Environment

A Kentucky environmental attorney has filed a lawsuit challenging the commonwealth’s controversial new coal ash regulations. The standards are set to go into effect on Friday.

The lawsuit was filed Wednesday in Franklin Circuit Court by Tom FitzGerald of the Kentucky Resources Council on behalf of Trimble County landowner Kelley Leach. Leach lives next door to Louisville Gas & Electric’s Trimble County Power Plant — a plant for which regulators recently approved a permit to expand the facility’s coal ash landfill.

Coal ash is a byproduct of burning coal for electricity; it’s typically stored in ponds or landfills and if it’s not managed correctly, has caused environmental contamination and safety concerns.

The Regulations

As WFPL has previously reported, Kentucky proposed the new regulations last year after more than a year of meetings with representatives of electric utilities. After the meetings, the regulations that emerged were less stringent than the version regulators had initially proposed.

The final regulations — which cleared one legislative committee — incorporated new federal standards for citing and monitoring coal ash landfills and ponds into new state regulations. But in doing so, regulators also significantly loosened the permitting requirements on new coal ash landfills.

Under the new regulations, state regulators will have minimal involvement as utilities work to determine where they should place new coal ash landfills. Right now, permitting is a lengthy, comprehensive process involving independent experts, including geologists. After this regulation goes into effect, there will be no prior state review before construction begins. In 2010, the same state regulators lobbying for this approach argued prior review was essential.

“Prior review by a professional staff at the state level eliminates misunderstandings, or worse, any attempt to cut corners,” Department for Environmental Protection staff wrote in comments to the EPA on the federal rules.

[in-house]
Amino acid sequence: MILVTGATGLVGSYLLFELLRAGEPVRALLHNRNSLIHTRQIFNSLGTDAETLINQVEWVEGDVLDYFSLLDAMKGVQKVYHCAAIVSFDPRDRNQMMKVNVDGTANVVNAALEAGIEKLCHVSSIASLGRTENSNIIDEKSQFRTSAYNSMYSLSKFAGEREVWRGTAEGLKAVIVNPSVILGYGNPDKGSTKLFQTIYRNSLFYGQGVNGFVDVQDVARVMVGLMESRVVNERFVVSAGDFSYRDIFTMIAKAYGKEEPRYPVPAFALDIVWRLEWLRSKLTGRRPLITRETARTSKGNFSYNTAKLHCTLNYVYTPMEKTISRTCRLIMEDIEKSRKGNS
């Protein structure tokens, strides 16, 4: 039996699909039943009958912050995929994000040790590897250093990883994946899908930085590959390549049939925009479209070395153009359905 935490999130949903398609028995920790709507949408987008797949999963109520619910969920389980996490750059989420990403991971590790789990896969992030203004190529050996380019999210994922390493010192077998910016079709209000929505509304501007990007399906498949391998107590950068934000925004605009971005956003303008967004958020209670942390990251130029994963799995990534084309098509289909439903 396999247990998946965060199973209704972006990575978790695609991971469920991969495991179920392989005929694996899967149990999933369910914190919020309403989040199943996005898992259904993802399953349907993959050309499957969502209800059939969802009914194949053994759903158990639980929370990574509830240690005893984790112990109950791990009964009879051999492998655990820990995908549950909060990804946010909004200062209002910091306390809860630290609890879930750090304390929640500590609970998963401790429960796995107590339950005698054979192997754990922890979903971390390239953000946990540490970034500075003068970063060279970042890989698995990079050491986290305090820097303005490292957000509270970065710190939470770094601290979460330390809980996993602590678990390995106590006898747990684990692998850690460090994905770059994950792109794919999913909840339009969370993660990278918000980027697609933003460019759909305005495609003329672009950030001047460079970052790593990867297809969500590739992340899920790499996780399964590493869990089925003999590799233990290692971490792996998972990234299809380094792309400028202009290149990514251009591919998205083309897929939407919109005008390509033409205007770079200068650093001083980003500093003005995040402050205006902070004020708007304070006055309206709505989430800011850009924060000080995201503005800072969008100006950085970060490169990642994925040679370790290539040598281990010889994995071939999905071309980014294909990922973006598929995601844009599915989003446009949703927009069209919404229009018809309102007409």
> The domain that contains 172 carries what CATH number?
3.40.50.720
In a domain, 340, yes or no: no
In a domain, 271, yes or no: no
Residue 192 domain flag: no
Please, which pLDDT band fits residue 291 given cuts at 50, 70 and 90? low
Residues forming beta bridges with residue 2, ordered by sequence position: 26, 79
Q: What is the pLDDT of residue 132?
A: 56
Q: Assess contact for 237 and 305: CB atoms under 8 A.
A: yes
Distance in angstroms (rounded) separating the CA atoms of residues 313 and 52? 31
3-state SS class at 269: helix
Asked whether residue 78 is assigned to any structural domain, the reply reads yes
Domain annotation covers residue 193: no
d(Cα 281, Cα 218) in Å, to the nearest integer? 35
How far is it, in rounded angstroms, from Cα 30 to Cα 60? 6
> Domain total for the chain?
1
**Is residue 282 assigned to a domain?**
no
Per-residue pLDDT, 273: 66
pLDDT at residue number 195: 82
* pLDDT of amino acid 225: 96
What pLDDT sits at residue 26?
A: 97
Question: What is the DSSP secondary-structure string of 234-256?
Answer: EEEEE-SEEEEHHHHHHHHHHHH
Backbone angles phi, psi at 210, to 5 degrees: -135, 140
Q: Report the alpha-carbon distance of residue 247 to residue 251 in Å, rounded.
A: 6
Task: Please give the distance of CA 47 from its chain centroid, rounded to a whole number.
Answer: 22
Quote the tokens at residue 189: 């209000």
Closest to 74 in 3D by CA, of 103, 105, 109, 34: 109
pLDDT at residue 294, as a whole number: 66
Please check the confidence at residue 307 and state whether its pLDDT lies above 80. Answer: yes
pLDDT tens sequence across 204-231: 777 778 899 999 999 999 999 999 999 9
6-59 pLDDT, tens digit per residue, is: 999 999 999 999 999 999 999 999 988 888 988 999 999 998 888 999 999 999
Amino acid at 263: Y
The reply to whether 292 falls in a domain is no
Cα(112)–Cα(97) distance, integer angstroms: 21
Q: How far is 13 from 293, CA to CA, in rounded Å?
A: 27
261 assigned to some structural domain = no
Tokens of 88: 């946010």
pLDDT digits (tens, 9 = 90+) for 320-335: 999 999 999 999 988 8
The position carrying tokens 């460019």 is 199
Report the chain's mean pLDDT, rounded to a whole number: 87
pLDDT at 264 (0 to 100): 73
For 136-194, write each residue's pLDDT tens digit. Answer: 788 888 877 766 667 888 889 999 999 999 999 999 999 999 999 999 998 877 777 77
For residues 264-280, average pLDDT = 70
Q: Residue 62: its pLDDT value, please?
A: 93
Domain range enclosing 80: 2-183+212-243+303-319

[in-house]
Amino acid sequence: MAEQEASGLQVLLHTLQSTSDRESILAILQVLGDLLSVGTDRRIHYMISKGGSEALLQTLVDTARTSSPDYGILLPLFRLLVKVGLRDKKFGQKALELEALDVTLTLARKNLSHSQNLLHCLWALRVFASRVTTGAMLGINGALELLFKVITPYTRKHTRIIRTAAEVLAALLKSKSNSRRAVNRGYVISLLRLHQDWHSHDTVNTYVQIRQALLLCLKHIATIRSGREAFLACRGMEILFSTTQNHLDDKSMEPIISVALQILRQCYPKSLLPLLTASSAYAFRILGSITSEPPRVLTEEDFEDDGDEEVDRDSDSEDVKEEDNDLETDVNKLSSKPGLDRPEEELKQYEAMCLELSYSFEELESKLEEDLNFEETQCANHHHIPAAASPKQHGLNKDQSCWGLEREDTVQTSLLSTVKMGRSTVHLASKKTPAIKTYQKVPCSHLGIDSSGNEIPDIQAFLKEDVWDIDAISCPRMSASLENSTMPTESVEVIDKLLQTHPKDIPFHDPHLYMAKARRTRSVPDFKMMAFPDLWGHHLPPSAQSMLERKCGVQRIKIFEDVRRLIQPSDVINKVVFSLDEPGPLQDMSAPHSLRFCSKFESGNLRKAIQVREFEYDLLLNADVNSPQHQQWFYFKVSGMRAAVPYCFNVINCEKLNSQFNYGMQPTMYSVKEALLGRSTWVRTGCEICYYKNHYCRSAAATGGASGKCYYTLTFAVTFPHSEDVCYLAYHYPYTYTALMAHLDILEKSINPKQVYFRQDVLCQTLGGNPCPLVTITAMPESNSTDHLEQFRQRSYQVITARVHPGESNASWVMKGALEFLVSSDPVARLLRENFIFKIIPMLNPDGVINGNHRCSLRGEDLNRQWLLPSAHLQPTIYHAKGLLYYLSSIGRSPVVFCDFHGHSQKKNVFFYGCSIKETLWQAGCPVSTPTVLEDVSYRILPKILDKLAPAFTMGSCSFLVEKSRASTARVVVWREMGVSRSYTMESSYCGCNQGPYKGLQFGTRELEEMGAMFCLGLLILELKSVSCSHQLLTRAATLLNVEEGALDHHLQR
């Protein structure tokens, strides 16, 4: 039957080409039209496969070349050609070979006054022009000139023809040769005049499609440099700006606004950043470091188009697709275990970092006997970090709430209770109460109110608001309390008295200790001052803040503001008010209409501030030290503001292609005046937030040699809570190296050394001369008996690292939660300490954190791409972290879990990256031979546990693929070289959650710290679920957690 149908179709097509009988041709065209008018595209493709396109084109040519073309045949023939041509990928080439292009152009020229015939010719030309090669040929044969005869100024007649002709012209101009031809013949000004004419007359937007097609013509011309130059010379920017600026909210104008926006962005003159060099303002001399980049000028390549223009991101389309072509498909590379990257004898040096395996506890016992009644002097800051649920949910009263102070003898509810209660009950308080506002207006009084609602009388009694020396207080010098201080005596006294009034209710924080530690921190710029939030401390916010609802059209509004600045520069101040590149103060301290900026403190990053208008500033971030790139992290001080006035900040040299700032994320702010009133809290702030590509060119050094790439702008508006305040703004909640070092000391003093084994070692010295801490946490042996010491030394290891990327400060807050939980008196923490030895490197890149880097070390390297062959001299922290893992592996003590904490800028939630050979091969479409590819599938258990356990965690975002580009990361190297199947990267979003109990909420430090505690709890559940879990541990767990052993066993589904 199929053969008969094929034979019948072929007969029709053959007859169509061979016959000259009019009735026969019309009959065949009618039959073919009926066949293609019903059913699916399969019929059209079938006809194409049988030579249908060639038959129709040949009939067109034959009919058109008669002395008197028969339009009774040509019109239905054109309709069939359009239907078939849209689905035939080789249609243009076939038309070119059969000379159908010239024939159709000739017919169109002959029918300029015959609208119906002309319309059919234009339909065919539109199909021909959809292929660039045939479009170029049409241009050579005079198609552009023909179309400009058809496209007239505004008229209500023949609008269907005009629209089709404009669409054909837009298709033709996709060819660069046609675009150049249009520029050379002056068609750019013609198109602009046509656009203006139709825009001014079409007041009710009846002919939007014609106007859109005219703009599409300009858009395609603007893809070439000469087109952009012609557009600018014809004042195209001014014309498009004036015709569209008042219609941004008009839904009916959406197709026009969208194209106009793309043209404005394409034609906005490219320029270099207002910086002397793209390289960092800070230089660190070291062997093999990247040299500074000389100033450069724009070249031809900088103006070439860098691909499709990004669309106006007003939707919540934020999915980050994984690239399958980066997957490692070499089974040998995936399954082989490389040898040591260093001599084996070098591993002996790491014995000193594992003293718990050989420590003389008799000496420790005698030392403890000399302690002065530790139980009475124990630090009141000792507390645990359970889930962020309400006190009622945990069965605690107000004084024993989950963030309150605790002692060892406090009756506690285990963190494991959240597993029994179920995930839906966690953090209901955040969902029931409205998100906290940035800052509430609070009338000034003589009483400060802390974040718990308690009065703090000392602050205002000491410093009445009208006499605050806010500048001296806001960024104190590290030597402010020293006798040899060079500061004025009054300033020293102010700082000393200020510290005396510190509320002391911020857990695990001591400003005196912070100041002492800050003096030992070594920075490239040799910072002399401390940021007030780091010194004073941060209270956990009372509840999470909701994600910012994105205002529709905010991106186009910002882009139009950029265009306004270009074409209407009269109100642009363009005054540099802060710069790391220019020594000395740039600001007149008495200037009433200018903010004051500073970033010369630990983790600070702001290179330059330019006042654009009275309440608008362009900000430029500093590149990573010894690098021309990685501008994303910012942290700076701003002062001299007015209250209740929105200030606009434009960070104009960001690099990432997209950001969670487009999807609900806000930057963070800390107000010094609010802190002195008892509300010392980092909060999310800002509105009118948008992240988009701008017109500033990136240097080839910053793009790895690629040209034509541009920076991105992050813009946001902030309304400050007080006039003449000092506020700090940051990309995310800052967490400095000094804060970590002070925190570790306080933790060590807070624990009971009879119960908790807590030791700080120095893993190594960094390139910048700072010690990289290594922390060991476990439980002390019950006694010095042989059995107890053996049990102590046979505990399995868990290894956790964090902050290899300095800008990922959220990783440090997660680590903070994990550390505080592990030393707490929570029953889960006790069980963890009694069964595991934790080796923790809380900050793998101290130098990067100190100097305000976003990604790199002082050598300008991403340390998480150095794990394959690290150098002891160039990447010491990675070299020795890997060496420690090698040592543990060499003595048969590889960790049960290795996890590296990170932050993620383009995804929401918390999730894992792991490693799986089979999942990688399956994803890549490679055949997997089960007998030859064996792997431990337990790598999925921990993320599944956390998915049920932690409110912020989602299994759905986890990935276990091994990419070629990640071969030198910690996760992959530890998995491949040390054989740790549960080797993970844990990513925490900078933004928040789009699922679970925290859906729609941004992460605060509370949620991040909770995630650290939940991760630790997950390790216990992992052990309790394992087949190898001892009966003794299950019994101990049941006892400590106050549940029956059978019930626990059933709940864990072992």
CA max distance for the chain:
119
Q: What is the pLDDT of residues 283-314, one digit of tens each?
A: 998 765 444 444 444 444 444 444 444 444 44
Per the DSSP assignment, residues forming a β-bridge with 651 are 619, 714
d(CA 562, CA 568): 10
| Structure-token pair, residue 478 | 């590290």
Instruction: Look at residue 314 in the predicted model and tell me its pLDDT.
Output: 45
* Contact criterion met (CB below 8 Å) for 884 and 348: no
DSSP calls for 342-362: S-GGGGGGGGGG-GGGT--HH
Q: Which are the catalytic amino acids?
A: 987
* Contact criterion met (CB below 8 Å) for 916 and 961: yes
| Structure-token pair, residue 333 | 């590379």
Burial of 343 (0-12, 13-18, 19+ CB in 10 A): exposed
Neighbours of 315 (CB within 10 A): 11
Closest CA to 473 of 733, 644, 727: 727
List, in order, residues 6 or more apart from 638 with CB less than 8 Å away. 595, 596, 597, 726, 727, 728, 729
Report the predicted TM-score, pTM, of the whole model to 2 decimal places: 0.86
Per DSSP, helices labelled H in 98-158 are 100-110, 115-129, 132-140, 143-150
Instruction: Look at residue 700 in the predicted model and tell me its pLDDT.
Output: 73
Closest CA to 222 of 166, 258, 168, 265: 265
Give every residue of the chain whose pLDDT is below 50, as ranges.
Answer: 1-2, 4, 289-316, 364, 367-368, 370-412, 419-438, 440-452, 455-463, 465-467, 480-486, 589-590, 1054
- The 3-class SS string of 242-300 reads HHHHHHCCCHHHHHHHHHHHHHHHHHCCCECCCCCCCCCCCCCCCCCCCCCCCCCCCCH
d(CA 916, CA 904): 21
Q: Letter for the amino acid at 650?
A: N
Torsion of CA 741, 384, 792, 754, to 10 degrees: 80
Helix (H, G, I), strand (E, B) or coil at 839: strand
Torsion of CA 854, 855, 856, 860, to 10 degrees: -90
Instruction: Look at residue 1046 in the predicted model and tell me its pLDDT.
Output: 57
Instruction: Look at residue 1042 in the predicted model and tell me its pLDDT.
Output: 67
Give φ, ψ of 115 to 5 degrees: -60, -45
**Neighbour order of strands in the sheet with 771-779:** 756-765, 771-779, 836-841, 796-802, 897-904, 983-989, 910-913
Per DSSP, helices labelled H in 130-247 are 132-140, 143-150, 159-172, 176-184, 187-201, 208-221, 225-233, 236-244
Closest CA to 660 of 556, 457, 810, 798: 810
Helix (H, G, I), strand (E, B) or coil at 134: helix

The Lawsuit

FitzGerald cites those 2010 comments in the lawsuit filed Wednesday. The suit lists four places FitzGerald alleges the state’s new regulation conflicts with existing statutes.

“We believe there are several separate provisions of state law that require a permit actually be a permit that contains plans and specifications, and that the agency actually do a review of those plans and specifications prior to authorizing the utilities, or anybody else for that matter to engage in the land disposal of coal combustion waste,” FitzGerald said in an interview with WFPL.

He said Kelley Leach is listed as the plaintiff because the LG&E plant next to his property would be able to transition to the new regulations, and Leach would be adversely affected if state regulators don’t maintain their current levels of oversight over the facility.

The new coal ash regulations are scheduled to go into effect on Friday, and the state’s existing coal ash landfills will be eligible to apply to transition to the new rules. FitzGerald said he has asked the Energy and Environment Cabinet to voluntarily hold off on approving any transitions; if the Cabinet does not, he will seek injunctive relief to block the transitions.

Both the Kentucky Energy and Environment Cabinet and LG&E declined to comment on the lawsuit Wednesday afternoon, citing the pending litigation.

This story has been updated.

Erica Peterson reports on energy and the environment for WFPL. She is also Enterprise Editor.